Jimmy Page is widely regarded as one of the finest guitarists of all time. His work with Led Zeppelin is so immense that it sometimes overshadows not only his work with The Yardbirds but the countless sessions he provided for reams of burgeoning musical talent in the swinging heart of London in the early sixties.
Page wasn’t just able to pull out a terrifyingly brilliant solo whenever he needed he possessed the ear of a master craftsman and made it clear that he was a guitar impresario the likes of which are rarely seen on earth. This notion can be heard more clearly when isolating Page’s guitar track.
Removing the power of John Bonham, the soaring vocals of Robert Plant and John Paul Jones’ ingrained rhythm is naturally a crime against rock and roll, in many ways. But it does allow us to get swept away by Jimmy Page’s imperious performance of Led Zeppelin’s ‘Heartbreaker’.
The track is taken from the band’s 1969 record Led Zeppelin II and is credited to all four members of the band, a remarkable feat and one that suggests an unmatchable unity within the group. It also showed the respect that each of the members of the group had for one another.
Looking around the room, seeing arguably the best musician from each of their fields, must have been an emboldening experience. It’s one that Jimmy Page took to new levels on ‘Heartbreaker’.
The track begins with a simply iconic riff. The chugging sound is perfectly summed up by legendary producer Rick Rubin who has previously remarked, “One of the greatest riffs in rock. It [‘Heartbreaker’] starts, and it’s like they don’t really know where the “one” is. Magical in its awkwardness.” Awkward as it may be, there was nothing awkward about one particularly joyous part of the song; Page’s solo.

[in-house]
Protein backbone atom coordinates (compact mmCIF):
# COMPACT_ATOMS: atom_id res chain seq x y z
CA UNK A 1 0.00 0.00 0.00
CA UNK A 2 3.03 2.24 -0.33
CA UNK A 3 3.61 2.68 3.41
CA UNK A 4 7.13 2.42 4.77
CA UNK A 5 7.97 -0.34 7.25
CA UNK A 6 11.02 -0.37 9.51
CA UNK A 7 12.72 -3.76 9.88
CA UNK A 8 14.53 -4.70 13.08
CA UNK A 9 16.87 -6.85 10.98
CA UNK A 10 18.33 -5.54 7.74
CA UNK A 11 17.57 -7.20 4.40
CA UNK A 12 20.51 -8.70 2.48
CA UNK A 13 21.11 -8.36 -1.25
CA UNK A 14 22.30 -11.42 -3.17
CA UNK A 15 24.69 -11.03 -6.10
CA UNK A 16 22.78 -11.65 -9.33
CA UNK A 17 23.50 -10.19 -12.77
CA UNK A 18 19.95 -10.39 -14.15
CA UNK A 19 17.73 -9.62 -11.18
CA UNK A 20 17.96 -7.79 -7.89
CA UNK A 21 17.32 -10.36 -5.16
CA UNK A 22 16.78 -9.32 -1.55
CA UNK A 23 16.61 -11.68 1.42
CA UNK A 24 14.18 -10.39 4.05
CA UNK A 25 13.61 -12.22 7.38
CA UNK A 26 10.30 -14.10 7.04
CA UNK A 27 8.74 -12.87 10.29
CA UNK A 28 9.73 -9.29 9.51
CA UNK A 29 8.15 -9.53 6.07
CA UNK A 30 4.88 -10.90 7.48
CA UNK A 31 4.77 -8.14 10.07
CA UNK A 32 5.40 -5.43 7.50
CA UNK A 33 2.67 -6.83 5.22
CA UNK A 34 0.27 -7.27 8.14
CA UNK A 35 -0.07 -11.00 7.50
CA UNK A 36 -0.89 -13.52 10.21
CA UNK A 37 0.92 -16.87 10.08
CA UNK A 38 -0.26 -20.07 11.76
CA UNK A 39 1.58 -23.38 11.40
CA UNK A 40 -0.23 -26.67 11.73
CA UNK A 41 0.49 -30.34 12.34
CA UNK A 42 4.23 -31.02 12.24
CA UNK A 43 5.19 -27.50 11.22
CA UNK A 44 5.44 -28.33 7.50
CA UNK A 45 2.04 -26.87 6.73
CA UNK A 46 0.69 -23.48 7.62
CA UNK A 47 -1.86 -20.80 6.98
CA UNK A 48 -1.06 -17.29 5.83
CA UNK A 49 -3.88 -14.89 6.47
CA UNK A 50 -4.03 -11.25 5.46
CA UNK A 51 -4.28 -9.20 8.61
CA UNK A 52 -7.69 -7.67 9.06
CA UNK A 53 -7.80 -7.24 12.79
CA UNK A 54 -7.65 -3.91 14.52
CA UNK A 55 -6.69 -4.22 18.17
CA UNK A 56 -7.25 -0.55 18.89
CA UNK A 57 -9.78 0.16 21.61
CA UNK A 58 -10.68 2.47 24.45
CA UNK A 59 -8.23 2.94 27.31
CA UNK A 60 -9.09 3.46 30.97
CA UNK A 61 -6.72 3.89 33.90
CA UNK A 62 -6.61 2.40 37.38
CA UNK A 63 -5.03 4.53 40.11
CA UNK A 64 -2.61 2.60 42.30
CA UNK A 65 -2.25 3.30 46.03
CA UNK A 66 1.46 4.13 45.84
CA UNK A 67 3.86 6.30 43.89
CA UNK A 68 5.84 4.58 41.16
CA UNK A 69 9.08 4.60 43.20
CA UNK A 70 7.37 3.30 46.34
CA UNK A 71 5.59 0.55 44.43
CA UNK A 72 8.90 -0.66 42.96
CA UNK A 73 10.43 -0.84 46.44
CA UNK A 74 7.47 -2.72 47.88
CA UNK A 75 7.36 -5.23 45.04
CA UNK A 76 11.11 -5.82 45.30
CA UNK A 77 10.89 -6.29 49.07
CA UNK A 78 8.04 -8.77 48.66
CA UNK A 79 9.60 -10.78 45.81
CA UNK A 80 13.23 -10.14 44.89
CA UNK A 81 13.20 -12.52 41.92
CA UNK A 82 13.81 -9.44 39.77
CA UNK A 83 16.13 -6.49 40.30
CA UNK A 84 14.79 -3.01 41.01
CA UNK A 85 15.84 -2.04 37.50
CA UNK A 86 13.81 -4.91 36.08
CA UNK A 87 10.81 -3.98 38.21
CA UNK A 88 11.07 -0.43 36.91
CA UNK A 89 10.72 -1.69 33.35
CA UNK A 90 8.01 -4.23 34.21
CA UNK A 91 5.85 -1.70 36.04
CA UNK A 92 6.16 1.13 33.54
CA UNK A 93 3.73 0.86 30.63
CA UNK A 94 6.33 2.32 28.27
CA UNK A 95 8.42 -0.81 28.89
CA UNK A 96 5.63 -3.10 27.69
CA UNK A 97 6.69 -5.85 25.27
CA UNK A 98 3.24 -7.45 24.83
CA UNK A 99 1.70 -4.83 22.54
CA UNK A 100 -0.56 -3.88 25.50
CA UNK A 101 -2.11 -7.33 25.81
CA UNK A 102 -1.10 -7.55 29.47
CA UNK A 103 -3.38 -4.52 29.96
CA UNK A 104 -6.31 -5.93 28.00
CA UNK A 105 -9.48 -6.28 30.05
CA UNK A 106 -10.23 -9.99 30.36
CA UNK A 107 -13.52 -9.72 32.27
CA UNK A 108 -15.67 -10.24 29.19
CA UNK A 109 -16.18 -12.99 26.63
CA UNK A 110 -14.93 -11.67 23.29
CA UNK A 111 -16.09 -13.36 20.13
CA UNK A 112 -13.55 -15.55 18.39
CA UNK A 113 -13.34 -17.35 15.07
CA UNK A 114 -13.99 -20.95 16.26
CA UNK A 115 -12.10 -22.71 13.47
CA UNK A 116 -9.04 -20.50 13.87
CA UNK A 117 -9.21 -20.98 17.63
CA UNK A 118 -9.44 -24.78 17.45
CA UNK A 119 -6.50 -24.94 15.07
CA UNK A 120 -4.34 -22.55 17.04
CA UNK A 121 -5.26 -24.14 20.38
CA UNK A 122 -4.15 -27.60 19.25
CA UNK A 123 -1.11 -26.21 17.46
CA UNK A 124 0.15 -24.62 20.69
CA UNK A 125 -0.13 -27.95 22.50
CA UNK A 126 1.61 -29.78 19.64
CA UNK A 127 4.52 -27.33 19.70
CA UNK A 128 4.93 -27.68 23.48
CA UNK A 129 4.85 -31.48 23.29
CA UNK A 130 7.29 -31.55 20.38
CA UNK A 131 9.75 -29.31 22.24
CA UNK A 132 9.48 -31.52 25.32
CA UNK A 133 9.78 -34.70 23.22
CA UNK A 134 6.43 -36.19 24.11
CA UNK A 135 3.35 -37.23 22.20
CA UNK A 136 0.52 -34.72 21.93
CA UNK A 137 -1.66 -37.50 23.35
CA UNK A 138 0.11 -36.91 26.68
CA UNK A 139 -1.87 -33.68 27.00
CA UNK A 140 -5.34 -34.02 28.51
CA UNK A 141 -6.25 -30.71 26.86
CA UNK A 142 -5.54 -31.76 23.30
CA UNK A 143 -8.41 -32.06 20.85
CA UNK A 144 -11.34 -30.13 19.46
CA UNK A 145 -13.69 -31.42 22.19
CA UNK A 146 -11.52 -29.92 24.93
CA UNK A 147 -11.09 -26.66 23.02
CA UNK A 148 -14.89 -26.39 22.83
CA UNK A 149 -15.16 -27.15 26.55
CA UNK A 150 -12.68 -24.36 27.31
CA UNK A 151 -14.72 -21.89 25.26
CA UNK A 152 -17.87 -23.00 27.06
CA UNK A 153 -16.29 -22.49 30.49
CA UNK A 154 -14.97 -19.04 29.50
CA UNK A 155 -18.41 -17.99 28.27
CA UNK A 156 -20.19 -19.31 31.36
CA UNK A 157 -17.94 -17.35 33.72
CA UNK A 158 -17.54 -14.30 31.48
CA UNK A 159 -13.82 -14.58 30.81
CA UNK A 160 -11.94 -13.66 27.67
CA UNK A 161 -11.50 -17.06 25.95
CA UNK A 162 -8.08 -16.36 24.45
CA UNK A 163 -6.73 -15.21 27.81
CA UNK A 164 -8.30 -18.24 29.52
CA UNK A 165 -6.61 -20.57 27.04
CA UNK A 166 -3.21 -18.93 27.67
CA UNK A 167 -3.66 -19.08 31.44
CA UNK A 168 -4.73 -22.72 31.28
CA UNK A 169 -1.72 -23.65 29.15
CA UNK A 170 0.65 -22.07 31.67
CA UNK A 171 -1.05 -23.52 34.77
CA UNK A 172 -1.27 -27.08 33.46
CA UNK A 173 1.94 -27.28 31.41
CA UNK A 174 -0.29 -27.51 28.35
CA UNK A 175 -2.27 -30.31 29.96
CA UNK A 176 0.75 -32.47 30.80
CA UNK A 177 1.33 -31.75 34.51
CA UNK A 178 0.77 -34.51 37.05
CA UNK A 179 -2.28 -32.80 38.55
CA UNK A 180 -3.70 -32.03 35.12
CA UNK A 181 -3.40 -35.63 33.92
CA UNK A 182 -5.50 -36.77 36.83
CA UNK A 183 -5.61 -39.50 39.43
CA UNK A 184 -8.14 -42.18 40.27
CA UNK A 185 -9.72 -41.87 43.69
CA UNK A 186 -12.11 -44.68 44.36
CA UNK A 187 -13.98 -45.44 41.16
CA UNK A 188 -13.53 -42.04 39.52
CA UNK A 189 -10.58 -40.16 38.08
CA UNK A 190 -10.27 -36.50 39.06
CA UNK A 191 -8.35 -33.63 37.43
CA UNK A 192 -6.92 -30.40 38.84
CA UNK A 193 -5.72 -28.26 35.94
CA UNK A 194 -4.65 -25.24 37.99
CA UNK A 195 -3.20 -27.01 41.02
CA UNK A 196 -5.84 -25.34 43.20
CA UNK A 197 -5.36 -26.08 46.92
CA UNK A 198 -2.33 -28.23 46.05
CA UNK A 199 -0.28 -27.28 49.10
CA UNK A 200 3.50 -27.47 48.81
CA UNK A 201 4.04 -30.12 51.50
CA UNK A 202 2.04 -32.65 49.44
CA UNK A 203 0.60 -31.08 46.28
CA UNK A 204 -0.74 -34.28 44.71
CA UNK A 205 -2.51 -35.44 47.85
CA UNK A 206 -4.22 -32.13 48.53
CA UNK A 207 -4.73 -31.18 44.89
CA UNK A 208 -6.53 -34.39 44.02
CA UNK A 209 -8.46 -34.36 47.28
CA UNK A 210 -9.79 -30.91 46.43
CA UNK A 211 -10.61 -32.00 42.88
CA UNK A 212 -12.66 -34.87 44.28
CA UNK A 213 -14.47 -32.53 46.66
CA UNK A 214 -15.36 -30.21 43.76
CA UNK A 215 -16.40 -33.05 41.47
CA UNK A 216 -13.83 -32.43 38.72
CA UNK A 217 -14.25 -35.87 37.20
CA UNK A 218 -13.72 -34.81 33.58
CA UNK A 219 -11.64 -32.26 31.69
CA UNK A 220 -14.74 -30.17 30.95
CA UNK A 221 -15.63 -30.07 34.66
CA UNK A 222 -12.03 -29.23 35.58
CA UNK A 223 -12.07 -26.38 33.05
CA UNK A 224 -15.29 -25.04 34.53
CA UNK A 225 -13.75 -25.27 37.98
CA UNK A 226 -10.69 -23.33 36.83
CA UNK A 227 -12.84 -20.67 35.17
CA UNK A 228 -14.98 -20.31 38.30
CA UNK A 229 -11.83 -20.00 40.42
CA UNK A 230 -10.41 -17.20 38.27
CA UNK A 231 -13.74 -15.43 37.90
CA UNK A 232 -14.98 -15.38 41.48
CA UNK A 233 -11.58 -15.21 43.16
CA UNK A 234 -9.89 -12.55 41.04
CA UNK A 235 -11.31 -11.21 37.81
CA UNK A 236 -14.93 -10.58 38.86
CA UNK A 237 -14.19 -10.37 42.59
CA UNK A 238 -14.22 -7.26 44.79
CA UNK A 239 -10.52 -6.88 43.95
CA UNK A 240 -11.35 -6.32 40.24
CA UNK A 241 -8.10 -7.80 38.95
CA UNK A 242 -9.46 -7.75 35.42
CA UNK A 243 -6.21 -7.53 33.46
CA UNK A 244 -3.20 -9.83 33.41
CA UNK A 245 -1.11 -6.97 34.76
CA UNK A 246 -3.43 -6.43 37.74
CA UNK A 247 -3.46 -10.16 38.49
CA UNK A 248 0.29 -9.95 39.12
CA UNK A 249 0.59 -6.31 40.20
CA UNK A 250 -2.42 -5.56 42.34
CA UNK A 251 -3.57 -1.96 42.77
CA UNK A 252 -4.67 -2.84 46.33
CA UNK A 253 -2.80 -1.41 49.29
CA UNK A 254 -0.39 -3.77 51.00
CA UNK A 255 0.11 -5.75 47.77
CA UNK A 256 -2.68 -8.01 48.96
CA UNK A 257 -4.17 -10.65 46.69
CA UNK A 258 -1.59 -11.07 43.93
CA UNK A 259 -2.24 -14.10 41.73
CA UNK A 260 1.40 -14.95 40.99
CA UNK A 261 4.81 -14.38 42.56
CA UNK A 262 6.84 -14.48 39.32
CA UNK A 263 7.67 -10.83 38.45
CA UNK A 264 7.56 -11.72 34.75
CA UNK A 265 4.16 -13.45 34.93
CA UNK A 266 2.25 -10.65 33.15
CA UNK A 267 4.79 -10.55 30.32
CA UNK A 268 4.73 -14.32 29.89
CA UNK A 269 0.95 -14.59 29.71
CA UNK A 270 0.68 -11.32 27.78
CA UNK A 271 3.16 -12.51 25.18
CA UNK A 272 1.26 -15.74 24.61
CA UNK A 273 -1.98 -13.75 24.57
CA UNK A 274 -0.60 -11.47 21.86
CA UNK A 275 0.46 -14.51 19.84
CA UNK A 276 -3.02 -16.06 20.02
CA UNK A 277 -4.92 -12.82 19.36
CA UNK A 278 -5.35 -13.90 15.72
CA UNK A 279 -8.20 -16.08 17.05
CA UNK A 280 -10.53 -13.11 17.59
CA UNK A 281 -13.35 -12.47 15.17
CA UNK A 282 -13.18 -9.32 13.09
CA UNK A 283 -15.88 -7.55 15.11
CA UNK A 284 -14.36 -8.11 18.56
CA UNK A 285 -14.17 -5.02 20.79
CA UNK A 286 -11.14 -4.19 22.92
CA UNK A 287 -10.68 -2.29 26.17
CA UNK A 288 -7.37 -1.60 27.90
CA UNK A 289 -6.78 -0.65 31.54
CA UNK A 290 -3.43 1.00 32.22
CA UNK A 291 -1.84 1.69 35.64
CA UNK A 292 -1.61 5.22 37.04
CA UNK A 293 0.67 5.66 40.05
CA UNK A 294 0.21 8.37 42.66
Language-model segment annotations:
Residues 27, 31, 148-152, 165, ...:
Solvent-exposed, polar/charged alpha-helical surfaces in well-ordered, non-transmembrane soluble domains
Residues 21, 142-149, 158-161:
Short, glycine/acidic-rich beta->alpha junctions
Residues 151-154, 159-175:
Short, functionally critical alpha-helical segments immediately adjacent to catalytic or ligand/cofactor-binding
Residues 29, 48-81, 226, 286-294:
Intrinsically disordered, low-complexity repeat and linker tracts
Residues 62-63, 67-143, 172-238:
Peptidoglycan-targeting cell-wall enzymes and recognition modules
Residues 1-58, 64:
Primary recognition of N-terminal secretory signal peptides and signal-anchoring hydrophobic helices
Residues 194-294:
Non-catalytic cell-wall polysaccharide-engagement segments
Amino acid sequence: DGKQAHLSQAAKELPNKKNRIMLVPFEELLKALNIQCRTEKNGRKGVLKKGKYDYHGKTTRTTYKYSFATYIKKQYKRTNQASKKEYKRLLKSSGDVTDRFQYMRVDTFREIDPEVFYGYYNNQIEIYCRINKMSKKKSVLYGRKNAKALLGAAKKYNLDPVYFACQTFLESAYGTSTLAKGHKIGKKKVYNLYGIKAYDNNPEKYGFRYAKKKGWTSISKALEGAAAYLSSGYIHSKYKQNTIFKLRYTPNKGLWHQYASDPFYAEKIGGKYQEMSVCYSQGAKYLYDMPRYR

The solo was a spontaneous performance and attached to the track unaccompanied, given its own room to breathe and it is sensational. The guitarist explained to Guitar World in 1998: “The interesting thing about the solo is that it was recorded after we had already finished ‘Heartbreaker’ – it was an afterthought. That whole section was recorded in a different studio and it was sort of slotted in the middle.”
The solo would go on to inspire thousands of people to pick up a guitar, including Eddie Van Halen who was inspired by the solo in particular. Van Halen is just one of many guitarists inspired by Jimmy Page, below you will get a glimpse of why.